(Before we go on, I should not wish to leave language behind. While symbolic language does not seem to be a prerequisite for intelligence up to a certain point- I just read about pigeons that had been trained to do math with numbers less than 10- it is fairly clear, from the evidence of species on Earth anyway, that intelligence beyond a certain point does require symbolic language. However, while I think language is a huge part of this discussion, incorporating it at every turn would add unnecessary complications, so I will try to simplify my points by sticking to "intelligence." When I finish Pinker's The Stuff of Thought, Language as a Window into Human Nature, I'll surely have a lot to say about language.)

So let me begin by discussing what I mean by intelligence being "simultaneously highly-regarded and deeply mistrusted." The first is more obvious- we all want to be smart, or at least thought of as such. Few things sting more than an insult to one's intelligence. (Except among middle-school boys, where being dumb is cool, though I always tell them that by high school girls don't think it nearly as charming as they do in 8th grade.) We say in awe when we recognize that someone is more intelligent than us in a certain area, "Wow, she's really smart." So while it isn't always the most highly regarded trait- some people would take looks over brains any day, despite the former's ephemeral nature- having it is generally regarded as a good thing.

But at the same time, being too smart, especially in the presence of those who are aware of the limits of their own intelligence, can be seen as something that merits distrust, suspicion, even animosity. Think about the way people talk about lawyers. While some of the distrust and dislike people have of lawyers is directed at the perception that they are greedy (surely some are, but the ones I know are the opposite of that) or that they use the law to manipulate the system for their own gain or profit (again, surely some do, but not all), most of the deep-seated distrust of lawyers stems from the fact that they are "tricky." But what people mean by "tricky" is that a good trial lawyer can force a witness to acknowledge the contradictions in their own statements- contradictions that the witness's own brain hadn't yet perceived. In other words, people distrust lawyers because they are generally smarter than the average person and their whole job is to use that intelligence to prove that what someone else is saying is false, misleading, inaccurate or impossible. (Perhaps Great Expectations' Mr. Jaggers is the epitome of what I mean here.)

This same mode of distrust towards intelligence and the people that have it can be witnessed in subtler ways in society at large. Try this: go out before dawn during hunting season in Maine, or anywhere, stop in a road-side gas station/ diner, saddle up to one of the counter stools, turn to the large flannel clad man in the orange cap next to you, and ask him what he thinks about the homo-eroticism in Shakespeare's sonnets.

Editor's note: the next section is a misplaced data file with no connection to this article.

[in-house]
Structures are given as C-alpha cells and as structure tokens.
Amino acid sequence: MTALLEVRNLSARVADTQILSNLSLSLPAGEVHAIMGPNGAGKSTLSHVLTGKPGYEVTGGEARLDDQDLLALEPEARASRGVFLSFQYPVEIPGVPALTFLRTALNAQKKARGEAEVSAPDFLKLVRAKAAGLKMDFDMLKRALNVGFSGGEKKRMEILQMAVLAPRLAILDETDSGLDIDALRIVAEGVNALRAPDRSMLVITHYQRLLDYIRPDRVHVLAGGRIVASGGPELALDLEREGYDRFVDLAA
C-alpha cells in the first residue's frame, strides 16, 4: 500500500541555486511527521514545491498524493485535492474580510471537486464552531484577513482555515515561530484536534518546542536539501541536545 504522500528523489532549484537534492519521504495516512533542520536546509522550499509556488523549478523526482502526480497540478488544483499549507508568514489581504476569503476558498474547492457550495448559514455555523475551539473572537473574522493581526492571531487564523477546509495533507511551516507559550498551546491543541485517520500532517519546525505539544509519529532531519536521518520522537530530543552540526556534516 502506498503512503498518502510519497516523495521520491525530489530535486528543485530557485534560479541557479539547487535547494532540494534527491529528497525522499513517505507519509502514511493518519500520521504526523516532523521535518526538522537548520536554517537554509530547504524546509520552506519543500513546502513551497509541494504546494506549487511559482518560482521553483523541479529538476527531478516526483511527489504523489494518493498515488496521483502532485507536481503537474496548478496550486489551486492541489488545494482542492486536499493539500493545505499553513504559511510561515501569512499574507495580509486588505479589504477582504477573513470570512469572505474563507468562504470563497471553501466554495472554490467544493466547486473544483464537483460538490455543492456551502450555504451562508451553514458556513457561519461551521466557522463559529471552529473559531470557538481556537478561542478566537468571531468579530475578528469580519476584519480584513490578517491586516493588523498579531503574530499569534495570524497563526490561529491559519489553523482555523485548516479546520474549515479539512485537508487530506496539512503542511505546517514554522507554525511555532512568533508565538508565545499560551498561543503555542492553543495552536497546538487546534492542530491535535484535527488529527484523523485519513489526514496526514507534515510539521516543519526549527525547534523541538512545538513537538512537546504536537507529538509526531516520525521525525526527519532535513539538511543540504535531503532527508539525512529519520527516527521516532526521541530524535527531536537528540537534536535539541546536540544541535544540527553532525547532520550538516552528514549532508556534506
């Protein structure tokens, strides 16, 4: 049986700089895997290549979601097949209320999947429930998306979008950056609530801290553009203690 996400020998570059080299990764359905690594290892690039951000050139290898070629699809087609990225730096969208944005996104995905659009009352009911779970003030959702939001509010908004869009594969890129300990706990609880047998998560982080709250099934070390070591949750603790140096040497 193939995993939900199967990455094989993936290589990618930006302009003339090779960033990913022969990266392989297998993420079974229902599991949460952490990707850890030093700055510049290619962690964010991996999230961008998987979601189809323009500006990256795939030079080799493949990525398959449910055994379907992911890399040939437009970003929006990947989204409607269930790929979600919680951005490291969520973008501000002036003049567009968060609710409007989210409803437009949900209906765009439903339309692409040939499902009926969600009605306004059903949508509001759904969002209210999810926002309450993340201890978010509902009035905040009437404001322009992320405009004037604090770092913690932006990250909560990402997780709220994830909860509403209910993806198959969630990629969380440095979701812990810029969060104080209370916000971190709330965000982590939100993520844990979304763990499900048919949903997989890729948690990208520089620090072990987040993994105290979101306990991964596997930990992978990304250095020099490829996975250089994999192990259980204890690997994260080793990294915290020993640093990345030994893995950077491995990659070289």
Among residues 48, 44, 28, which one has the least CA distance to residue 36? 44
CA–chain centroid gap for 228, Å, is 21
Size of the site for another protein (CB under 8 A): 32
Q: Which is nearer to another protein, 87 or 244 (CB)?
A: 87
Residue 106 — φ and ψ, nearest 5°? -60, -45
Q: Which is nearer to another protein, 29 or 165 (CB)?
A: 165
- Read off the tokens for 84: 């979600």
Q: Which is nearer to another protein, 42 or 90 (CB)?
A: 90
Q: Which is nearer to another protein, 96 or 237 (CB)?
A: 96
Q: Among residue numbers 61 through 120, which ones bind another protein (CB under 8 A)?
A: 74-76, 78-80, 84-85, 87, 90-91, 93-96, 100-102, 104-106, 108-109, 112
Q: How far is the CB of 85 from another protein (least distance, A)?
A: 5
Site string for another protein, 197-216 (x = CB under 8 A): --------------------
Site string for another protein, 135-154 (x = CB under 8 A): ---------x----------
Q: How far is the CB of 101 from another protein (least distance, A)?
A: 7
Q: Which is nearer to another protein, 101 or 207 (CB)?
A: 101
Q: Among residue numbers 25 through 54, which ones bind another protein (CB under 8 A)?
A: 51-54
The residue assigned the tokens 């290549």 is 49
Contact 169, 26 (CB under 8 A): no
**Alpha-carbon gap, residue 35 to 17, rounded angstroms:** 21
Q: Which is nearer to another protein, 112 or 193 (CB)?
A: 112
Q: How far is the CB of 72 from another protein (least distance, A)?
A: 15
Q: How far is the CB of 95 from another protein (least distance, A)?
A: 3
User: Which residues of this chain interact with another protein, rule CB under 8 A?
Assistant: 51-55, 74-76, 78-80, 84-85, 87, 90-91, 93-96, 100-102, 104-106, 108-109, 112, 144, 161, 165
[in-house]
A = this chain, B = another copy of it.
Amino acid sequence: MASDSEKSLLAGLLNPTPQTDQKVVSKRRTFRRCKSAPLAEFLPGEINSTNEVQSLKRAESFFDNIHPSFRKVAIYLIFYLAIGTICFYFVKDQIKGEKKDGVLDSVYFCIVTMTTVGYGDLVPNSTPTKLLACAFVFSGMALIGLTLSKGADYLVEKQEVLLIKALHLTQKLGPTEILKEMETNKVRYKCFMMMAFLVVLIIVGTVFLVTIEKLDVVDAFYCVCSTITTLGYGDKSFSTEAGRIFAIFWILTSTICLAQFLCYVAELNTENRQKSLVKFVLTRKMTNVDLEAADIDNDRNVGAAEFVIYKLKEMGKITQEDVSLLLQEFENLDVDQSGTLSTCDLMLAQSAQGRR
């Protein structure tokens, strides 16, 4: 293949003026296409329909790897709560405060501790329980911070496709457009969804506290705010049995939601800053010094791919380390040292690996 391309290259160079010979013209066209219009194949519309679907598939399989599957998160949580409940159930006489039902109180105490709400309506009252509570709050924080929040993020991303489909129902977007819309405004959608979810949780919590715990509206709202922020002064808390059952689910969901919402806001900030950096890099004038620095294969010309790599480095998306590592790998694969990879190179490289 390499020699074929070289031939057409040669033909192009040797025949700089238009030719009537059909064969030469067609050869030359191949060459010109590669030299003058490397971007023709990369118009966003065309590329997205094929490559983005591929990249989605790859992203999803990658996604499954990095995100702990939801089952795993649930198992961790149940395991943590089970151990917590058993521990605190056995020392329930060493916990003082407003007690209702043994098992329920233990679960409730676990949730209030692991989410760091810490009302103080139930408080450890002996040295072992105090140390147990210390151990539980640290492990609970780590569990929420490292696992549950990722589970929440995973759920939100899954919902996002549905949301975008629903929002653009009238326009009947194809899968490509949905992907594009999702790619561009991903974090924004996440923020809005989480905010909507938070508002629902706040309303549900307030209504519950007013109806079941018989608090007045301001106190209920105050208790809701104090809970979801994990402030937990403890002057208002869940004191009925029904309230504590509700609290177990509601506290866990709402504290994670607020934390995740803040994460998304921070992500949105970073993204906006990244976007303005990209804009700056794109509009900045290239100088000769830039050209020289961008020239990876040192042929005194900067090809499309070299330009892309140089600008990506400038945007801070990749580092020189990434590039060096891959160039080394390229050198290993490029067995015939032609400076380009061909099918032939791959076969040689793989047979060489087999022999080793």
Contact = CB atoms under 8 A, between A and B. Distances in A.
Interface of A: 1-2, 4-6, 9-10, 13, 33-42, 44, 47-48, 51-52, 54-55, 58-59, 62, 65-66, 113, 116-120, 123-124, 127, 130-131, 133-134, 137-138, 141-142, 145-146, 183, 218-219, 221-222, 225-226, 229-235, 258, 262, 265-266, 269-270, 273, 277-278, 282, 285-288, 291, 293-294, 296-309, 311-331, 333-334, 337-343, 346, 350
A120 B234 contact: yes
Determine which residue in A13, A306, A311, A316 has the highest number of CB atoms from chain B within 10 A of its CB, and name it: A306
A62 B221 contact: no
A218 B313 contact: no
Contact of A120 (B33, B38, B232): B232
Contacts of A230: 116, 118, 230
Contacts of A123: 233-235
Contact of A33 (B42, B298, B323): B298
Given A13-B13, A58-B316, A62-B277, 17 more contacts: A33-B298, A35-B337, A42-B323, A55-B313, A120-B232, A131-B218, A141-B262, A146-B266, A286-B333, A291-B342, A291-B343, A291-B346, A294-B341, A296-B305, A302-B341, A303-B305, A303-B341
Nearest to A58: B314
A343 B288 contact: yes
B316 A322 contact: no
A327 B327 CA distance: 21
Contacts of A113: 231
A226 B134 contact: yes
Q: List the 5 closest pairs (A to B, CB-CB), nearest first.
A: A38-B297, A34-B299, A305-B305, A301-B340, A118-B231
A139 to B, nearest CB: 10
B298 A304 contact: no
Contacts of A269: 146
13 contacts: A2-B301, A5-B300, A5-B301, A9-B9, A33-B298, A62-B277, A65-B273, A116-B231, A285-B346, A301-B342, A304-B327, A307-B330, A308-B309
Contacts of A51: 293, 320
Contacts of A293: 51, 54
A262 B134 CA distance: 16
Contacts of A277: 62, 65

Okay, while there is certainly a cultural divide that factors in here as well, degree of education, and field of education, these are all part of the same discussion. But the point could still have been made with something less provocative, for any soliloquy on your part that tended beyond the monosyllabic in usage would risk your leaving with fewer teeth than you entered with. 

With these admittedly extreme examples in mind, we can surely imagine more subtle instances that we actually encounter in our own lives. I think that the these are the factors at work here- When someone with a more sophisticated intellect tries to explain a complex idea to someone who is struggling to grasp the concept, the struggler adopts an attitude akin to someone who fears they are being conned. Even while they understand on some level that the explainer grasps something they don't, they aren't willing (somewhat understandably so) to take the explainer's word for it, and adopt a defensive attitude of mistrust, often refusing to accept an idea that would have greatly benefited them.

We see this writ large in American society. It has become something of a truism that Americans don't want their president to be too smart; they'd prefer someone they can have a beer with. (If you're in a another country reading this, yes, that is accurate- the American public is willing to trust the launch codes of the world's largest nuclear arsenal to someone who we think would be hoot to shoot a few games of pool with down at the local pub.) At least to some degree, this underlies the current right-wing hatred of Obama, because many people don't feel like he is someone they could talk to, mano-y-mano, despite objective analysis that suggests he is the most moderate president since WWII .

While I am on the topic of the prez, it was actually the man himself that got me off on this train of thought a few weeks back. By any objective analysis, regardless of what you think of his policies, Obama is an intelligent human being (despite the common American usage of the term "idiot" to refer to anyone we disagree with.) In January, Obama gave his third State of the Union address. One of the most common accusations against him is that he sounds to "professorial," that he "talks over people's heads." Well, I guess if your head was up your ass, I can see how he could be talking over it, because each of his three SOTU addresses have been given at an 8th grade level. (Please follow that link, it's fascinating, and relevant to what I am about to say.) In fact, Barry Os SOTUs are all near the bottom of the charts in terms of the complexity of the language, behind even, yes, W. Of course, then begin the accusations that he is dumbing things down too much, being insultingly simplistic (he kinda can't win), except the average American reads at a 7th grade level. Yes, you read that correctly. Seventh grade. In other words, Johnny Tremain or The Old Man and the Sea, both 8th grade lexiles, are a bit of a struggle for your typical voter.